Museum of Andean Sanctuary: The unique Museo Santuarios Andinos (Museum of Andean Sactuaries) focuses on the Inca Empire and high altitude finds. Exhibits include mummies discovered at high elevations on volcanoes and related artifacts found in the tombs such as ceramics, textiles, and carvings. The most significant find displayed in the Museum of Andean Sactuaries is the body of a young girl known as Jaunita, the Ice Maiden of Mount Ampato. Juanita was discovered in 1995 at the top of Mount Ampato, when the volcano erupted and melted the glacial peak, exposing the body. The girl, approximately 12 or 13 years old at the age of her death, is thought to have been a ritual sacrifice by Inca priests. These remains, which are almost 600 years old were well preserved by the ice on the volcanoe. Juanita was found with a variety of ceremonial offerings which can also be seen here. The body is displayed in a glass freezer at the Museum of Andean Sactuaries.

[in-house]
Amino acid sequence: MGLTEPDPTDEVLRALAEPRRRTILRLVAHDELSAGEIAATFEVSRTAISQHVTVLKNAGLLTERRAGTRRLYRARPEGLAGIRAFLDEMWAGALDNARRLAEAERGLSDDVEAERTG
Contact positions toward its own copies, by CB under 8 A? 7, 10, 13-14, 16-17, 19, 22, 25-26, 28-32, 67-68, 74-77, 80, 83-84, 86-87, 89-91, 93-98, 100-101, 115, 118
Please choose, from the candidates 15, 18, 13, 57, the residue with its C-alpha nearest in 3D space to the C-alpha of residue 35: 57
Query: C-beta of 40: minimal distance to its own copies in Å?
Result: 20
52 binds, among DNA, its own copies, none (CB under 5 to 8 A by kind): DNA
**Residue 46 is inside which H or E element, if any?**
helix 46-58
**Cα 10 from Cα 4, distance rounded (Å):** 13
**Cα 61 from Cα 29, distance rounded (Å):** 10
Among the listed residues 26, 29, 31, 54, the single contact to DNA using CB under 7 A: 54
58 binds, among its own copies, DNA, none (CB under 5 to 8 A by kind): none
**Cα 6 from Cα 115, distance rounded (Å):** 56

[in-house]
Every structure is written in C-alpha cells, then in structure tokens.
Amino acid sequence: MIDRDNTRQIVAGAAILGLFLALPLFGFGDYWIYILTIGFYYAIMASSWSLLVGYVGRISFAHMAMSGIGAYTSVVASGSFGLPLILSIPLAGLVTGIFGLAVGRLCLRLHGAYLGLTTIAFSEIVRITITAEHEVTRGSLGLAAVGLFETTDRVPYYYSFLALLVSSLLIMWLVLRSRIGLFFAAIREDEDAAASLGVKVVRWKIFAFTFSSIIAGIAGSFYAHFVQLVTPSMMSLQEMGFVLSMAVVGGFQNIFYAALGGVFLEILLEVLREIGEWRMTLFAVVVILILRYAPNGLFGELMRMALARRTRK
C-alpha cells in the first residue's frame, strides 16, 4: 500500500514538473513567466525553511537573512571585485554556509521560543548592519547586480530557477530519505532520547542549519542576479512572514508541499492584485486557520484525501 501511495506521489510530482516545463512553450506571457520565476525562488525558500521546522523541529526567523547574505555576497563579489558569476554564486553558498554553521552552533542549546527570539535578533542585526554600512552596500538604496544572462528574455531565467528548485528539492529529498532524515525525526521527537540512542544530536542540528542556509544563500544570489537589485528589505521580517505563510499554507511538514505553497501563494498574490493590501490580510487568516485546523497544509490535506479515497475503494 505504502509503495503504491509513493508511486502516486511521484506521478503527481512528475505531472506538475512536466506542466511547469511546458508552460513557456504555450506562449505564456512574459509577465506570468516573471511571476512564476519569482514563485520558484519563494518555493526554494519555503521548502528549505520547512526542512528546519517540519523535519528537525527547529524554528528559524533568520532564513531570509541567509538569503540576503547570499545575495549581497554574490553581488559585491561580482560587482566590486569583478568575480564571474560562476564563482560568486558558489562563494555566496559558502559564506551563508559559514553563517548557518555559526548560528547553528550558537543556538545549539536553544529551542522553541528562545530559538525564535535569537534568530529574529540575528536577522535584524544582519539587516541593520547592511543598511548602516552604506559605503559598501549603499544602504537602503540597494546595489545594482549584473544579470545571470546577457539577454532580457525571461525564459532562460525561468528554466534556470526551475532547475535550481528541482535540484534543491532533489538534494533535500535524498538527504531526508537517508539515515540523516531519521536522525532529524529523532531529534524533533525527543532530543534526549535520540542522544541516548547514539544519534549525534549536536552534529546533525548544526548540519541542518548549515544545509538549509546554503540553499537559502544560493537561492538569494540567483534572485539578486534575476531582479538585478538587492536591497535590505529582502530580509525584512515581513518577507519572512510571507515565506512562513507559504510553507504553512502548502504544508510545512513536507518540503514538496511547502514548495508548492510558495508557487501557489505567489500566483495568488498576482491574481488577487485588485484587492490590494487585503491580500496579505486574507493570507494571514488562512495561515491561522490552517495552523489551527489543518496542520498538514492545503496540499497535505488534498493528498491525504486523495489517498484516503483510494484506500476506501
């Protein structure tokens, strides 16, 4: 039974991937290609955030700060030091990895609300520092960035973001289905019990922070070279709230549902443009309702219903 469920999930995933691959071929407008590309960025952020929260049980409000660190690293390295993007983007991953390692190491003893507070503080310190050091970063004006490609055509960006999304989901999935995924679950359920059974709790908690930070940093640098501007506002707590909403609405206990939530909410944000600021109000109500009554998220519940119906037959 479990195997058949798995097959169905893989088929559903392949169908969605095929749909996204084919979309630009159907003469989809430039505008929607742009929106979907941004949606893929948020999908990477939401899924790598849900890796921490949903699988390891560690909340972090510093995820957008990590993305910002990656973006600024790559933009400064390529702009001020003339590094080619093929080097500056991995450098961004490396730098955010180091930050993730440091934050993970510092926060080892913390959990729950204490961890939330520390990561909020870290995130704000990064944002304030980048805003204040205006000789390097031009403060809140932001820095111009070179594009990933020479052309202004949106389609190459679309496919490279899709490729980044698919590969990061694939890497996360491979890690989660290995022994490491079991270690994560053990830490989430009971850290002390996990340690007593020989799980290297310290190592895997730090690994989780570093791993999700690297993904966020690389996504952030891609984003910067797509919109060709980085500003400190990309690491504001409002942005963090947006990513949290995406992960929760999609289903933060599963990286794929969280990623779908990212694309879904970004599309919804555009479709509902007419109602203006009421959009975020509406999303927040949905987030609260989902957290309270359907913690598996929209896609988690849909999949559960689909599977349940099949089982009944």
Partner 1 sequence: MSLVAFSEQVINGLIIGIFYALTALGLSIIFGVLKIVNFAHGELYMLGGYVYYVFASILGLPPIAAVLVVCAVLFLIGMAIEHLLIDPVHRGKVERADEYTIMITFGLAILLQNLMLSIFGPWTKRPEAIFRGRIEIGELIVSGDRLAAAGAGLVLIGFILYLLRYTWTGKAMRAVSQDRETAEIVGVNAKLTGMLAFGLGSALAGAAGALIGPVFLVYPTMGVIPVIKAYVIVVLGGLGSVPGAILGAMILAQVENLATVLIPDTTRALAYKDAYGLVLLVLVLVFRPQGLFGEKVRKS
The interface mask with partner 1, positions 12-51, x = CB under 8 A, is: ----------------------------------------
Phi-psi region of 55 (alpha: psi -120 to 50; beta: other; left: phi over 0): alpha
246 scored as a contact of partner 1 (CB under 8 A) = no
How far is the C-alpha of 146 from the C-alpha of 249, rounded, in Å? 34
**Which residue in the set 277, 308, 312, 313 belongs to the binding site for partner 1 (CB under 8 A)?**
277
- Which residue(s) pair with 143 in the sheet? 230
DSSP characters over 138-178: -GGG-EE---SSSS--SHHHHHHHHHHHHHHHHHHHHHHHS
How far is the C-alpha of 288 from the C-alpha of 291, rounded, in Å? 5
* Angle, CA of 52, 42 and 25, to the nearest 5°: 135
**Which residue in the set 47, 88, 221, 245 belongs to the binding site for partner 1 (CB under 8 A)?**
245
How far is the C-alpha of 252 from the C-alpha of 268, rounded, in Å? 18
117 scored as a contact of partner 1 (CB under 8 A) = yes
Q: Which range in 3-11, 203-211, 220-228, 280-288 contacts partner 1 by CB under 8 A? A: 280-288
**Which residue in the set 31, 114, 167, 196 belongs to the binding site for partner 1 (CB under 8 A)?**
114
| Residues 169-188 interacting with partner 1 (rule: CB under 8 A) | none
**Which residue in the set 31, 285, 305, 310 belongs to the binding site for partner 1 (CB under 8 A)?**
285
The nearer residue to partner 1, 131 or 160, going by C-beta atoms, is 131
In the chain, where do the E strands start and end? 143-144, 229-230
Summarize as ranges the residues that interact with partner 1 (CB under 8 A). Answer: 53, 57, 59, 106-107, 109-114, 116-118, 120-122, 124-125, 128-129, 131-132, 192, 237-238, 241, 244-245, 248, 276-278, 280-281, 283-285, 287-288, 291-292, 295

Colca Canyon: Although it was once thought to be the deepest canyon in the world, Colca Canyon (Cañon del Colca) is the second deepest, after nearby Cotahuasi Canyon. It is approximately twice as deep as the Grand Canyon in the United States. Measuring 3400 m deep, the Colca Canyon is the result of a seismic fault between two volcanoes. At the base of the canyon is a winding river. The Colca Canyon area has been inhabited for thousands of years and was home to the Collagua, Cabana, and eventually the Inca peoples. Stone terracing along the canyon walls dates to 800 AD and is still in use today. The canyon is approximately a four-hour drive from Arequipa. One-day trips to the canyon are available from Arequipa but two or more days are recommended considering the driving time involved in getting to the canyon. The area is spread out and there is a lot to see and do. Besides gazing out at the canyon, there are also hot springs, churches, villages, and Inca ruins to explore. Condors are also a big attraction Colca Canyon as they soar past the cliff walls. The small town of Chivay is located on the east end of Colca Canyon. The people here are known for their white hats, made of straw and decorated with lace and sequins. Just northeast of Chivay are some hot springs that are a popular side trip from the town. There is a complex at the springs with pool, showers, change rooms and a small café. This town is a good base for doing some hikes in the area. It is possible to walk to some of the nearby towns in an afternoon.